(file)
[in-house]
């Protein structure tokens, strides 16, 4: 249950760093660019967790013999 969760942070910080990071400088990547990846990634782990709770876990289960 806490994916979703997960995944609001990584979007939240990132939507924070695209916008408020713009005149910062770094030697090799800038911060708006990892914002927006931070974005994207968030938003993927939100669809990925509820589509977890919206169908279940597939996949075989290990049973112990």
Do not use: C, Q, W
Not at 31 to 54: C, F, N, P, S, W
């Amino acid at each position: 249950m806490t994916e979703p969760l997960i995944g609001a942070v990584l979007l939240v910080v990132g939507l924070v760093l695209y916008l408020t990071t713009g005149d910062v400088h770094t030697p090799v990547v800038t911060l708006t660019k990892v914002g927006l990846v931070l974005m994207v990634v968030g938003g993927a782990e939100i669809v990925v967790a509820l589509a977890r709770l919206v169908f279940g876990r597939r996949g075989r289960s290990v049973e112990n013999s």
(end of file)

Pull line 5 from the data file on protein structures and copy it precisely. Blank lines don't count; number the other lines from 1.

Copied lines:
């Amino acid at each position: 249950m806490t994916e979703p969760l997960i995944g609001a942070v990584l979007l939240v910080v990132g939507l924070v760093l695209y916008l408020t990071t713009g005149d910062v400088h770094t030697p090799v990547v800038t911060l708006t660019k990892v914002g927006l990846v931070l974005m994207v990634v968030g938003g993927a782990e939100i669809v990925v967790a509820l589509a977890r709770l919206v169908f279940g876990r597939r996949g075989r289960s290990v049973e112990n013999s």